Permanent Record by Mary H. K. Choi (432 pages)
Permanent Record Takes Us From Brooklyn Bodegas To High-End LA Hotels
In Permanent Record, Pablo Rind dropped out of NYU after a semester and now works the night shift at a Brooklyn health food store (it’s a bodega, he just doesn’t like to admit it). Buried under credit card debt and student loans, Pablo lives with friends who are starting to figure out their own lives. Early one morning, a beautiful girl strolls into the bodega while Pablo’s working. They flirt a little and when she goes to pay, he realizes who she is: Leanna Smart—child star, pop singer, and international icon. Within days, he’s fallen into her world of private planes and fancy hotel suites, where money is no object but the Leanna Smart brand is paramount.
Pablo’s Authentic Voice Makes The Story
From the first page, Pablo’s voice drew me into the story. It’s clear and strong—ringing true even though he’s still uncertain about the world and his place in it. It’s evident from the onset that he’s a mostly-reliable narrator who’s not afraid to tell it like it is, but fears facing his own future. In the first few chapters, the balance of backstory with real-time events walks a fine line, but it’s necessary. The reader needs to understand Pablo’s life before a wrench (in the shape of a mysterious girl) is thrown into it. Because when Leanna Smart walks into his bodega, she flips Pablo’s world upside down. She’s unpredictable in the best way, especially since her strict schedule shouldn’t allow her to be spontaneous.
The moment Leanna jets Pablo away, the reality of his life falls away too, and the story seems to fly among the clouds. But every time Pablo returns to Brooklyn and is reminded of his job and debt, the story constricts, venturing into darker territory. It’s like Leanna controls the pace of his life, which emphasizes his (incorrect) assumption that money and fame have all the advantages, but no disadvantages. The fact that the pacing is controlled by a hard-to-pin-down character makes for a well-written, whirlwind tale.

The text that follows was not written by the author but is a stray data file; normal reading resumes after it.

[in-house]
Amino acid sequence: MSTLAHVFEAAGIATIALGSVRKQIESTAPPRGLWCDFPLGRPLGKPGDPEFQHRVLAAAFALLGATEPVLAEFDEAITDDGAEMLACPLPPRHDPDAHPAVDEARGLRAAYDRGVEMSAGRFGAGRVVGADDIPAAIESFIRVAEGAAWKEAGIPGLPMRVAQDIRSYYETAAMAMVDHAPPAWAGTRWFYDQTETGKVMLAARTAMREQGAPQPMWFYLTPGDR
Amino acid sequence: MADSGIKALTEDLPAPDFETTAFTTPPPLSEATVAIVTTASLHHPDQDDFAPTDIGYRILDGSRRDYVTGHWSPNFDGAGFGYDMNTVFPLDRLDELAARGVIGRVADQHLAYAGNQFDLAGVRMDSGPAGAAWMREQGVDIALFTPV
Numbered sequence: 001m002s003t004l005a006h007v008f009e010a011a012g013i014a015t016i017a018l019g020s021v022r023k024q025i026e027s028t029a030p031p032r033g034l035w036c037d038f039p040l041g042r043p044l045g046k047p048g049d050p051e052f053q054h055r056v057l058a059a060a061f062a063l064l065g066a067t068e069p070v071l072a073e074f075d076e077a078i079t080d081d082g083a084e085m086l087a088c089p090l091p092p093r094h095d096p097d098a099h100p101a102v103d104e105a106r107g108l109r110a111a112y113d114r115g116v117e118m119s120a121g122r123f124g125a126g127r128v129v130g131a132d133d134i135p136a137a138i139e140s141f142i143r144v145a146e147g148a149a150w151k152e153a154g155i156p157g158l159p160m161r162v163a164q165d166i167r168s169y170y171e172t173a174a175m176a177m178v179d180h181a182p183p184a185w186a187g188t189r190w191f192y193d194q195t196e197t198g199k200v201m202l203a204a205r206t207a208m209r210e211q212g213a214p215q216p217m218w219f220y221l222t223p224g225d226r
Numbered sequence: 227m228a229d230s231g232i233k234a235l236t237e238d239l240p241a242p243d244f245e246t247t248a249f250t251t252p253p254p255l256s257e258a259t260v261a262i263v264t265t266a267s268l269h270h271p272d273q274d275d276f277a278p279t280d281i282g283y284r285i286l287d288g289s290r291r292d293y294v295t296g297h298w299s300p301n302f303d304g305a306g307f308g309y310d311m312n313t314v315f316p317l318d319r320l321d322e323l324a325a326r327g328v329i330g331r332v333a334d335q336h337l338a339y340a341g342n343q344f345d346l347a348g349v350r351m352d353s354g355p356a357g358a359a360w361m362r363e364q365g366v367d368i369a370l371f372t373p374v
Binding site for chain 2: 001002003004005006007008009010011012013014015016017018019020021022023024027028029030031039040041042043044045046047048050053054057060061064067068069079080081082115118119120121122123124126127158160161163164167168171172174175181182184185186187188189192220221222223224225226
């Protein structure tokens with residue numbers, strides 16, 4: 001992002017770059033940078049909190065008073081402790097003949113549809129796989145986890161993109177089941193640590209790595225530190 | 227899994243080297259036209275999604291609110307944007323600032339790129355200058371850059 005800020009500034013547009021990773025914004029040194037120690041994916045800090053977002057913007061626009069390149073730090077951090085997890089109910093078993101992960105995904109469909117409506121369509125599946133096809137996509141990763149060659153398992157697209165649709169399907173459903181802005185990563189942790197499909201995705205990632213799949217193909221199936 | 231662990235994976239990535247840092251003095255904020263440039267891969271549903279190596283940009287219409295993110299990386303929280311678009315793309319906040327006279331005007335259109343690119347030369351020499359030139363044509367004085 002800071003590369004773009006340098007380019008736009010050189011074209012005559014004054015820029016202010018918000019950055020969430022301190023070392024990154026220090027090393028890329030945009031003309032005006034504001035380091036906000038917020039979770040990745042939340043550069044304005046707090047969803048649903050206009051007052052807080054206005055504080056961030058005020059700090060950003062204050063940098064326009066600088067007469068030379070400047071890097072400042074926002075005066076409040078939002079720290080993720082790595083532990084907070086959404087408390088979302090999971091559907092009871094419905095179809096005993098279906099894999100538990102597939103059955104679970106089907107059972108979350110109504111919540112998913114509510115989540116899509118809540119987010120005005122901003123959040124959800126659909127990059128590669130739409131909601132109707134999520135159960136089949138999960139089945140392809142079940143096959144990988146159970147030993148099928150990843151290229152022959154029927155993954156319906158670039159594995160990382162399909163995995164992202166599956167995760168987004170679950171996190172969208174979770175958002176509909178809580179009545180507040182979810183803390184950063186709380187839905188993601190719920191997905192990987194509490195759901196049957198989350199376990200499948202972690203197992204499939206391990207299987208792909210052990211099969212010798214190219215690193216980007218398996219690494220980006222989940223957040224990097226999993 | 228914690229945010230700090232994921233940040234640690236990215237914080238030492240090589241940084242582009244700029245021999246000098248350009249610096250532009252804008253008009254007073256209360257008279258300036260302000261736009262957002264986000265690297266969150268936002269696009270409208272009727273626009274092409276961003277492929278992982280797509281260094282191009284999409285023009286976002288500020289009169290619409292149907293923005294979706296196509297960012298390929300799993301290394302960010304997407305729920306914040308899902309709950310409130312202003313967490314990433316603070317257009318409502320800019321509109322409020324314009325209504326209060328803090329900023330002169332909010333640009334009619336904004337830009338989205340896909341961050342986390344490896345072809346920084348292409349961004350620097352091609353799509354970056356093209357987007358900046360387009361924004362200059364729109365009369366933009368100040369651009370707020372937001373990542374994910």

The Bottom Line: 4/5 Brookie Stars
While I kept reading for Pablo’s distinct voice, the plot didn’t capture me as much as I’d hoped. However, the ending was quotable (teach-y but not preachy) and left me feeling uplifted. Read this if you want something super-contemporary (social media is a secondary character), have a desire to dive into gritty New York City, or need that essential reminder to keep going.
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Jamie Mitchell is a writer, library assistant, former bookseller, and all-around lover of the written word. She’s currently working on her fifth novel, and if you’re wondering where the other four are, they’re safe on her laptop and in need of rewriting. She lives in Indianapolis with her husband, and enjoys traveling, bookstagramming and experimenting with gluten-free flours.
Favourite book: Graceling by Kristin Cashore
Favourite brunch spot: 1823 Bakehouse
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